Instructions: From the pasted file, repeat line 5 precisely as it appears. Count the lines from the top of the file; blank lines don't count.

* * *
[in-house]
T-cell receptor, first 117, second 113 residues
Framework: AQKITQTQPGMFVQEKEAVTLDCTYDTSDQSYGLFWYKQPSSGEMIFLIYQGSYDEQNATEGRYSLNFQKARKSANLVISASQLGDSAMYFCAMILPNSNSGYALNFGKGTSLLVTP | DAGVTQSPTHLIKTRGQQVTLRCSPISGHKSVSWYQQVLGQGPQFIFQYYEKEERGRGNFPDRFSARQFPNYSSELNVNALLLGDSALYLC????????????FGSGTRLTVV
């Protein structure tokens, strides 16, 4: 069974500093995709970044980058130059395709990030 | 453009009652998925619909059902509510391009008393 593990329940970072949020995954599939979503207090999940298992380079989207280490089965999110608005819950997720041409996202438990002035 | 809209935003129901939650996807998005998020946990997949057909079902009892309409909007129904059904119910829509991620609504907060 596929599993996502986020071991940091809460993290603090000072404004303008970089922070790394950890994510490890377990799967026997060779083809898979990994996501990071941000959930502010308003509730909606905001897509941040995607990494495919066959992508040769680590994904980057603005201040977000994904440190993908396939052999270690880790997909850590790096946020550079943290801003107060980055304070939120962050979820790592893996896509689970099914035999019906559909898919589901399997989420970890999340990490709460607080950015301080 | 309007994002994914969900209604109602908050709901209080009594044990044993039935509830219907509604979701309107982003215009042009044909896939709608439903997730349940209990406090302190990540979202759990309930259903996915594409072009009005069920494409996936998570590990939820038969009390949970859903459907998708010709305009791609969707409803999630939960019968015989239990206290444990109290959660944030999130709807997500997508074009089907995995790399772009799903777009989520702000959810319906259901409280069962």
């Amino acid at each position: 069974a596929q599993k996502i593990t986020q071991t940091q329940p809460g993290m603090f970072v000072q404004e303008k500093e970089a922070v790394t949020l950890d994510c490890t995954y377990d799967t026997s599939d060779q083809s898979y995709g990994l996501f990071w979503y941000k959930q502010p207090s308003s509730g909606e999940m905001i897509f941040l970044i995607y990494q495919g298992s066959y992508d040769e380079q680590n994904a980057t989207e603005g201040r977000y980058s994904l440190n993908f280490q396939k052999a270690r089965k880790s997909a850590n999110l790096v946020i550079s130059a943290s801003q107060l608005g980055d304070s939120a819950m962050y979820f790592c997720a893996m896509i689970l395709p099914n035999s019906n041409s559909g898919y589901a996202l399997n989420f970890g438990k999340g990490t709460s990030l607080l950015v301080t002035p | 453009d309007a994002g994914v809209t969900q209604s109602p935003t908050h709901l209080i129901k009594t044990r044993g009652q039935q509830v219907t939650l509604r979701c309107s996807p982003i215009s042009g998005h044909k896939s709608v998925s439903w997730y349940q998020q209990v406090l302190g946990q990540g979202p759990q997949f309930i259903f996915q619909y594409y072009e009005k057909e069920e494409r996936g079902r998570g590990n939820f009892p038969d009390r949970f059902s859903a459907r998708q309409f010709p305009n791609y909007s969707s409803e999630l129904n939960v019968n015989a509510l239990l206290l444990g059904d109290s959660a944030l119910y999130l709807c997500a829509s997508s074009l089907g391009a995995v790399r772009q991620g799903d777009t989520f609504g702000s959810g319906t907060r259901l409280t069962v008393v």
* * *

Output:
């Amino acid at each position: 069974a596929q599993k996502i593990t986020q071991t940091q329940p809460g993290m603090f970072v000072q404004e303008k500093e970089a922070v790394t949020l950890d994510c490890t995954y377990d799967t026997s599939d060779q083809s898979y995709g990994l996501f990071w979503y941000k959930q502010p207090s308003s509730g909606e999940m905001i897509f941040l970044i995607y990494q495919g298992s066959y992508d040769e380079q680590n994904a980057t989207e603005g201040r977000y980058s994904l440190n993908f280490q396939k052999a270690r089965k880790s997909a850590n999110l790096v946020i550079s130059a943290s801003q107060l608005g980055d304070s939120a819950m962050y979820f790592c997720a893996m896509i689970l395709p099914n035999s019906n041409s559909g898919y589901a996202l399997n989420f970890g438990k999340g990490t709460s990030l607080l950015v301080t002035p | 453009d309007a994002g994914v809209t969900q209604s109602p935003t908050h709901l209080i129901k009594t044990r044993g009652q039935q509830v219907t939650l509604r979701c309107s996807p982003i215009s042009g998005h044909k896939s709608v998925s439903w997730y349940q998020q209990v406090l302190g946990q990540g979202p759990q997949f309930i259903f996915q619909y594409y072009e009005k057909e069920e494409r996936g079902r998570g590990n939820f009892p038969d009390r949970f059902s859903a459907r998708q309409f010709p305009n791609y909007s969707s409803e999630l129904n939960v019968n015989a509510l239990l206290l444990g059904d109290s959660a944030l119910y999130l709807c997500a829509s997508s074009l089907g391009a995995v790399r772009q991620g799903d777009t989520f609504g702000s959810g319906t907060r259901l409280t069962v008393v």